Is it worth buying a new notebook before Intel Ice Lake launches?

Discussion in 'What Notebook Should I Buy?' started by Richdog, Jun 19, 2019.

  1. Richdog

    Richdog Notebook Consultant

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    Hi guys. As per title, I am wondering if it is really worth buying a new notebook (gaming or ultrabook) before the new 10nm series of Intel Ice Lake processors launch.

    For anyone wondering what benefit Ice link will bring please this article or do some googling: https://www.digitaltrends.com/computing/intel-ice-lake-cpu-everything-you-need-to-know/

    To summarize:
    • Faster processors per mhz
    • 2x faster integrated graphics
    • Gigabit wifi
    • Connectivity improvements
    While you can argue that there is "always something better around the corner", Ice Lake is the first 'serious' CPU refresh in some years, and paying full price for a notebook with Coffee Lake 14nm processors now may not be so wise when we are about to receive a true generational update in literally only a couple/few months from now that may increase the practical lifespan and usefulness of your notebook by 1-2 years.

    Thoughts? :)
     
  2. Jarhead

    Jarhead 恋の♡アカサタナ

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    Do you need a laptop now? Buy now. Otherwise, if you want to wait for something new, by all means. But it really is a case of “there’s always something new around the corner” and Intel literally just released their 9th gen processors, so you’re going to be waiting for a while.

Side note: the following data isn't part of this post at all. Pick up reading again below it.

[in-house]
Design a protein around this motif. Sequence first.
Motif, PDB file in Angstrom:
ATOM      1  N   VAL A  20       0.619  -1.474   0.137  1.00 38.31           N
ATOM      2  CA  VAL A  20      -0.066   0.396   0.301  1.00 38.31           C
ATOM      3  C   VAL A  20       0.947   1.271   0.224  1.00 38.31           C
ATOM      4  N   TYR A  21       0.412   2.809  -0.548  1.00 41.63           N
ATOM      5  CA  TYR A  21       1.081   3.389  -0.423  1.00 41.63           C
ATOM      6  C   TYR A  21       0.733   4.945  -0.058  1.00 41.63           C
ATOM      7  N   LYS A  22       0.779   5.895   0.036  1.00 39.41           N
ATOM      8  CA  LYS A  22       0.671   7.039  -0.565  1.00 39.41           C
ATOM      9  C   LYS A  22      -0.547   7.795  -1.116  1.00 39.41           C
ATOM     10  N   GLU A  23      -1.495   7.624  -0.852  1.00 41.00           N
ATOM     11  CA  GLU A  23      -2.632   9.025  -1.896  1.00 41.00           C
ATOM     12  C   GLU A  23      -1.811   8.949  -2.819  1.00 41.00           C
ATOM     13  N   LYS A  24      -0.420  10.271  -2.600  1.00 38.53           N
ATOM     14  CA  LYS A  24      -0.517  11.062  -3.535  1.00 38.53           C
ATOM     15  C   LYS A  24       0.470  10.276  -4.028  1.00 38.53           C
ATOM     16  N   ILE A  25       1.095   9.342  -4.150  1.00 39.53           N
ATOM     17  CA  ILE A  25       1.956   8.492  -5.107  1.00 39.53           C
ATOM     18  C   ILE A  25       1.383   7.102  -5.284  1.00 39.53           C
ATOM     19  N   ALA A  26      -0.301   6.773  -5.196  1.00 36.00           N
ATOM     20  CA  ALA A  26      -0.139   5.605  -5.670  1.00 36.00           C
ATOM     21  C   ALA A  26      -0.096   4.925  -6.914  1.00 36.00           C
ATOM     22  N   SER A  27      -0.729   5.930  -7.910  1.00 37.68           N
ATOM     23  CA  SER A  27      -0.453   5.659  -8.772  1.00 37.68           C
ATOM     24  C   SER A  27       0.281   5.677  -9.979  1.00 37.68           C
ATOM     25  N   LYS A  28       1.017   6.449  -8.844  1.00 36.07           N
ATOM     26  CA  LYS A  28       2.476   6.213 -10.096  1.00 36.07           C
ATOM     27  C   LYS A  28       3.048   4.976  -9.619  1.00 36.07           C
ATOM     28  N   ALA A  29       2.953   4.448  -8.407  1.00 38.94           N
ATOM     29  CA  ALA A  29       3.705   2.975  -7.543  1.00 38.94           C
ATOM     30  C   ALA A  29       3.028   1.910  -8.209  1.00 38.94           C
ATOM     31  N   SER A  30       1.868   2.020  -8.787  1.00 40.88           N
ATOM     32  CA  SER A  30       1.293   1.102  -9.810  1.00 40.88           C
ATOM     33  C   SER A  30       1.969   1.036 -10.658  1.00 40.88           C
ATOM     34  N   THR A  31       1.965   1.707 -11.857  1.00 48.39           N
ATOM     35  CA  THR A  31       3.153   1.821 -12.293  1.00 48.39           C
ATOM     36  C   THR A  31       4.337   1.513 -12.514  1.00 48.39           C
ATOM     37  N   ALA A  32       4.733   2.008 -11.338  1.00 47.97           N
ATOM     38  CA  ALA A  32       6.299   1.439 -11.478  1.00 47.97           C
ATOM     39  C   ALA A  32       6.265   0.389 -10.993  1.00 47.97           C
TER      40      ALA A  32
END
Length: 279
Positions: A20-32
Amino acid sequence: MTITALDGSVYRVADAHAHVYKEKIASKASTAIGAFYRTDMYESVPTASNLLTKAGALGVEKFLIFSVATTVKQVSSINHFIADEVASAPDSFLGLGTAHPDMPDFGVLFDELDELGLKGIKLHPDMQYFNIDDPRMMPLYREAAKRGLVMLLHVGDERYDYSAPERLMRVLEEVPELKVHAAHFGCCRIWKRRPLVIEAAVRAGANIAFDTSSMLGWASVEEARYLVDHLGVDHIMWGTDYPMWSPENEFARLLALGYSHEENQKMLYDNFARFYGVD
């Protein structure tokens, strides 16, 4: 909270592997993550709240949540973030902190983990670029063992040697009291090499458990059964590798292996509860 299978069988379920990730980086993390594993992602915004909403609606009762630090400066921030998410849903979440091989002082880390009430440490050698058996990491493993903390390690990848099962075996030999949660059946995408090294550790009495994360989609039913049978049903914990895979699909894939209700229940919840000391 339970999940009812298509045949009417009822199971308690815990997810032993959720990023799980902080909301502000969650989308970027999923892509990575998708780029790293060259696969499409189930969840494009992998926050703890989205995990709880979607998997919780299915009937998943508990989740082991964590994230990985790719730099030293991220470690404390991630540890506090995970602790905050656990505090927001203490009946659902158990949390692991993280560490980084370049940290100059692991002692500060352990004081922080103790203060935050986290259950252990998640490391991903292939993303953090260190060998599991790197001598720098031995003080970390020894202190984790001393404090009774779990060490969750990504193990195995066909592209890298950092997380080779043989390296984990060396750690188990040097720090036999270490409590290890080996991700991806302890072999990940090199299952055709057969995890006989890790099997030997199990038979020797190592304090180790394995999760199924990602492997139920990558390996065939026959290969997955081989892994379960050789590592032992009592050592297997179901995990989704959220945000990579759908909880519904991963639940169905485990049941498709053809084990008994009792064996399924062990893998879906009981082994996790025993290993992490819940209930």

That said, what tasks do you plan on doing that a current laptop is unable to perform and thus must have to wait for this new tech?
     
    Aroc and rlk like this.
  3. Richdog

    Richdog Notebook Consultant

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    I think you misunderstood the point of my post, or didn't read it thoroughly considering that to some extent you are repeating what I wrote.
     
  4. franzerich

    franzerich Notebook Evangelist

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    I actually wondered about the same. I would like an Ice-Lake or Comet-Lake over the umpteenth refresh of Coffee-Lake. Though not sure when it really arrives.
     
  5. saturnotaku

    saturnotaku Notebook Nobel Laureate

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    No, you're the one who didn't answer his question. I will reiterate - what tasks are you going to be performing that you think could benefit from what are as-yet not fully known features of the next generation?
     
  6. Stollen123

    Stollen123 Notebook Enthusiast

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    Well there are 2 Situations:
    1 . If you need to buy notebook to do your daily jobs and specific work any notebook with intel 8 oder 9. Generation would be just great and more than enough.

    2. if you are going to buy notebook just to have the latest and to perform benchmarks and tweaks etc..then you could wait until the intel 10. Generation is out
     
  7. TheReciever

    TheReciever D! For Dragon!